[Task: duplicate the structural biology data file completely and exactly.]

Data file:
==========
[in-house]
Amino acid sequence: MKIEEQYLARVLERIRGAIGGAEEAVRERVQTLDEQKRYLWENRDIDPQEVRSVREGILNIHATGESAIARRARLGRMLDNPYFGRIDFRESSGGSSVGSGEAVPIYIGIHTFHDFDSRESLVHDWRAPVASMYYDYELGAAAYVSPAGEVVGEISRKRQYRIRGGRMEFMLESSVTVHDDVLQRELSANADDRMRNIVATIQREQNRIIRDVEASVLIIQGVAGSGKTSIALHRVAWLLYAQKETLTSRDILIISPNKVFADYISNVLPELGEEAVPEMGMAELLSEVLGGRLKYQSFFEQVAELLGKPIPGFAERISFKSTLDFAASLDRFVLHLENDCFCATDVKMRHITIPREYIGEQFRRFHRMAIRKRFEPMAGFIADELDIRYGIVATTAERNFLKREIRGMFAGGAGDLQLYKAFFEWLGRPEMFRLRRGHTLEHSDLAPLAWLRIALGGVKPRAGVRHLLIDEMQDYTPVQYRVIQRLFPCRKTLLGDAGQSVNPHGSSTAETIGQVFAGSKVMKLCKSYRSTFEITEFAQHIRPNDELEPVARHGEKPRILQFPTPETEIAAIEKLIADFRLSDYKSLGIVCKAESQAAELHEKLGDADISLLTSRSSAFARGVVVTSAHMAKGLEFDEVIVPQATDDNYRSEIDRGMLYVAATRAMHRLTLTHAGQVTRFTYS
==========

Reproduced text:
[in-house]
Amino acid sequence: MKIEEQYLARVLERIRGAIGGAEEAVRERVQTLDEQKRYLWENRDIDPQEVRSVREGILNIHATGESAIARRARLGRMLDNPYFGRIDFRESSGGSSVGSGEAVPIYIGIHTFHDFDSRESLVHDWRAPVASMYYDYELGAAAYVSPAGEVVGEISRKRQYRIRGGRMEFMLESSVTVHDDVLQRELSANADDRMRNIVATIQREQNRIIRDVEASVLIIQGVAGSGKTSIALHRVAWLLYAQKETLTSRDILIISPNKVFADYISNVLPELGEEAVPEMGMAELLSEVLGGRLKYQSFFEQVAELLGKPIPGFAERISFKSTLDFAASLDRFVLHLENDCFCATDVKMRHITIPREYIGEQFRRFHRMAIRKRFEPMAGFIADELDIRYGIVATTAERNFLKREIRGMFAGGAGDLQLYKAFFEWLGRPEMFRLRRGHTLEHSDLAPLAWLRIALGGVKPRAGVRHLLIDEMQDYTPVQYRVIQRLFPCRKTLLGDAGQSVNPHGSSTAETIGQVFAGSKVMKLCKSYRSTFEITEFAQHIRPNDELEPVARHGEKPRILQFPTPETEIAAIEKLIADFRLSDYKSLGIVCKAESQAAELHEKLGDADISLLTSRSSAFARGVVVTSAHMAKGLEFDEVIVPQATDDNYRSEIDRGMLYVAATRAMHRLTLTHAGQVTRFTYS